Forum Rocket Italian Conversation in Italian A question about sentence structure

A question about sentence structure

Dick-B4

Dick-B4

In module 2, the lesson "The Perfect Tourist", Alessandro says, "Mi puo' fare una fotografia con dietro la chiesa".

Every time I think I'm beginning to understand Italian sentence structure, I get thrown for a loop again. Literally translated, this means "Me can make photograph with behind the church".  I'm starting to understand the object pronouns, contracted pronouns, etc. What I don't understand is putting "behind" before "church".

'Splain, please? ;)
Dick-B4

Dick-B4

Here's another from Module 2, Waiting for a Taxi:

"Scusi, aspetta anche Lei un taxi "

Literal English translation is "Excuse me, waiting also you a taxi?"

How can we know how to construct sentences such as this, or is that something for much, much later?
Lucia - Rocket Languages Tutor

Lucia - Rocket Languages Tutor

Hi Dick-B4,

The order of words, in Italian, is mainly a matter of personal preference.

There's really no difference between these sentences:
"Scusi, aspetta anche lei un taxi",
"Scusi, aspetta un taxi anche lei",
"Scusi, anche lei aspetta un taxi"...
"... per andare al centro?"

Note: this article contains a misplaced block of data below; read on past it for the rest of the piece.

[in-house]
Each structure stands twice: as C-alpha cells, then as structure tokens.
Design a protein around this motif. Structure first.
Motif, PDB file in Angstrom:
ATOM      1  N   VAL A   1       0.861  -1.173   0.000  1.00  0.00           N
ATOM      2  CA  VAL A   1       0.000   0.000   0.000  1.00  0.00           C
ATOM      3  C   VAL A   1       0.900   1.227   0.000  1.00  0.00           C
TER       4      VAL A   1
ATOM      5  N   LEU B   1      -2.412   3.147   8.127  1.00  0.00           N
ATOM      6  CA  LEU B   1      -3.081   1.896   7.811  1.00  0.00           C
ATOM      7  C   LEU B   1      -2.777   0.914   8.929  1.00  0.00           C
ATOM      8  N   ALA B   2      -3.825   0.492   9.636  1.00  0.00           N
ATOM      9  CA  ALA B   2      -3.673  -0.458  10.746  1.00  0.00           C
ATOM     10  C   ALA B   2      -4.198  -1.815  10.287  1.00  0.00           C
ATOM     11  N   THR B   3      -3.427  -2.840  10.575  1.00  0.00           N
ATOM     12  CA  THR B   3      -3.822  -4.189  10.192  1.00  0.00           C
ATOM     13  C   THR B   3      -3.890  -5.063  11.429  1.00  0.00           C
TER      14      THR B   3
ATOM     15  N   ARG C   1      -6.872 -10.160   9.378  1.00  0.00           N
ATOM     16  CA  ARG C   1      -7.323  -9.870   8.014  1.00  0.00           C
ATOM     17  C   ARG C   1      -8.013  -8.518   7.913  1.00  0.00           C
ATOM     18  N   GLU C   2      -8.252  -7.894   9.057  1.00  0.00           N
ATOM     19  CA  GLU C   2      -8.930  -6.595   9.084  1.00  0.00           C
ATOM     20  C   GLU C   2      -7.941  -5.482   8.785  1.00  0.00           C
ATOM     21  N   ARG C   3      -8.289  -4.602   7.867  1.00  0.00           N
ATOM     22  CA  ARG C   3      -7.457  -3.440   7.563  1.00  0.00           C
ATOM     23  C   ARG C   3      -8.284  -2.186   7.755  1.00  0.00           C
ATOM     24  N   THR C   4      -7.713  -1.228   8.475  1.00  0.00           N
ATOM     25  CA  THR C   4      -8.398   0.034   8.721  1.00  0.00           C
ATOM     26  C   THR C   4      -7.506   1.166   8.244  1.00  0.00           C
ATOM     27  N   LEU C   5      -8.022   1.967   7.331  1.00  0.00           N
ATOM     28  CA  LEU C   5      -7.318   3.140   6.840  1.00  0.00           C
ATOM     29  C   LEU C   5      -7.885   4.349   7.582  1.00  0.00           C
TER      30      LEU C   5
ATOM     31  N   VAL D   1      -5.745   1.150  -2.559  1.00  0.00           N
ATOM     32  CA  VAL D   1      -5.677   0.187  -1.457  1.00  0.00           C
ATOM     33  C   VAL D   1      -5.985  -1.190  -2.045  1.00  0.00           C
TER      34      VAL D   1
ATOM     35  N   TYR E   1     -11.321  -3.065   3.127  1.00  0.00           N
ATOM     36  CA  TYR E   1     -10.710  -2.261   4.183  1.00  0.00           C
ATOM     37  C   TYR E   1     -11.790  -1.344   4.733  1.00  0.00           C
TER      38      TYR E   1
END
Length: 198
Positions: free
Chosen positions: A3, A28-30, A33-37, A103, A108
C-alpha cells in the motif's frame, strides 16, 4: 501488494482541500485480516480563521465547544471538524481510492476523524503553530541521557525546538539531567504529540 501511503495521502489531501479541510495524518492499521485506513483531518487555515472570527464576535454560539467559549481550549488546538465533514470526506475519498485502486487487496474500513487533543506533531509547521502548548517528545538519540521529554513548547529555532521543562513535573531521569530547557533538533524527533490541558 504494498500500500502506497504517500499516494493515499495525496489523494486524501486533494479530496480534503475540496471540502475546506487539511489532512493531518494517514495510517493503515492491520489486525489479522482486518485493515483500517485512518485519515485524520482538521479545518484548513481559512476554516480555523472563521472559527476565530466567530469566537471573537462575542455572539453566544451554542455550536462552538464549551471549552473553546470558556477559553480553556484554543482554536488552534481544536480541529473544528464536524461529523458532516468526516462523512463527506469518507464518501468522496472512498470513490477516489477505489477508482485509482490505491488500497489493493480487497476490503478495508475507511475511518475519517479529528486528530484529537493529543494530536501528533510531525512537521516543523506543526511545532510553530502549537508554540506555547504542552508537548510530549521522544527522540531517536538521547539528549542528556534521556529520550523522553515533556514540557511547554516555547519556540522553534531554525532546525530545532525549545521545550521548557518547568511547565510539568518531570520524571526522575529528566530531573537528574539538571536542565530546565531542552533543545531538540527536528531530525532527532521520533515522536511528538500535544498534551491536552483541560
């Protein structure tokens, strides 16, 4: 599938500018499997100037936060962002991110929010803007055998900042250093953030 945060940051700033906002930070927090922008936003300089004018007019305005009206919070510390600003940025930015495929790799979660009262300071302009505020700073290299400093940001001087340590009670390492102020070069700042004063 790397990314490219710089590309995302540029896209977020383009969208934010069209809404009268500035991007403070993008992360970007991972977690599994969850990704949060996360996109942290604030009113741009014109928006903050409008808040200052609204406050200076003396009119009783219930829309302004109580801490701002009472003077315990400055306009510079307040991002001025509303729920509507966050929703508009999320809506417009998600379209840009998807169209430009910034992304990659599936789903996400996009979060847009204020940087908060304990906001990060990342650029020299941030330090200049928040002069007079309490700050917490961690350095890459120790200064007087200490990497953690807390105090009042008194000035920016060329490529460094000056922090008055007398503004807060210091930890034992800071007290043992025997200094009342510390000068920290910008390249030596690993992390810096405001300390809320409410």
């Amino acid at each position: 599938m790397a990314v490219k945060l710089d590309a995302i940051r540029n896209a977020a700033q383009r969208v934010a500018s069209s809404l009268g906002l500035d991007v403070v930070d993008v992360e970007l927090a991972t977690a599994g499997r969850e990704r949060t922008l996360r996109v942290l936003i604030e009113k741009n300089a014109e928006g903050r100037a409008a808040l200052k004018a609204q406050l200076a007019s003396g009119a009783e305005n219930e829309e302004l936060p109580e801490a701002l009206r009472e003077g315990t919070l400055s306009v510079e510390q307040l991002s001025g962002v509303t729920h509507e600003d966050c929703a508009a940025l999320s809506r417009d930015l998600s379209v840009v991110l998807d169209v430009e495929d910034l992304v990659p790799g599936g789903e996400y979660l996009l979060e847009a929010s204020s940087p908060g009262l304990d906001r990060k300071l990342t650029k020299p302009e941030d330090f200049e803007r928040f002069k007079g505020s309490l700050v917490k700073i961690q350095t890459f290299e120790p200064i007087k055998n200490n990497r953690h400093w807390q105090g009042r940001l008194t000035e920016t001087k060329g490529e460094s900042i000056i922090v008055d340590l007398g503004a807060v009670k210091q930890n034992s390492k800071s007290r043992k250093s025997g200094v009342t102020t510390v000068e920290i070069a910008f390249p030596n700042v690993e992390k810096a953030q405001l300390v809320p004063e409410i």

All three of them are grammatically correct and convey the same meaning.
The only thing you have to pay attention to is anche lei, which is, in this case, a rigid combination - lei anche is not allowed.

The syntax of Italian is rigid in some cases - it is firmly an SVO language, Subject-Verb-Object - but in some other cases (like the two you mentioned) it is very flexible.

It is also completely fine to say "Mi può fare una fotografia con la chiesa dietro?". Both examples sound natural to a native's ear, although you may want to use them in informal speech only.
A little less informal way to ask this could be:
"Mi può fare una fotografia con la chiesa sullo sfondo?"
Translated, "Could you take a photo of me, with the church in the background?"

A little note on your literal translation.
Whereas English uses the present continuous tense, "Are you waiting...?", Italian uses the present simple tense. The literal translation is (keep in mind that Italian uses "she" as form of address in formal situations):
"Excuse me, waits also she a taxi?", which in informal situations becomes "Excuse me, wait also you [singular] a taxi?".

Hope it helped! If you have any further questions, don't hesitate to ask :)
Dick-B4

Dick-B4

Thanks for the reply. It sort of makes sense. ;)  When I read posts on forums from Italy, I'm usually confused by the sentences. Without structure, understanding is difficult. 

If you said, Excuse me, wait also you a taxi?" in America, people would look at you funny and walk away.
Lucia - Rocket Languages Tutor

Lucia - Rocket Languages Tutor

Ahah it does sound really strange when literally translated! My advice is to keep practicing and using the language actively (constructing similar sentences to the ones shown in the course, etc). With enough practice, putting words in their right order will become automatic!

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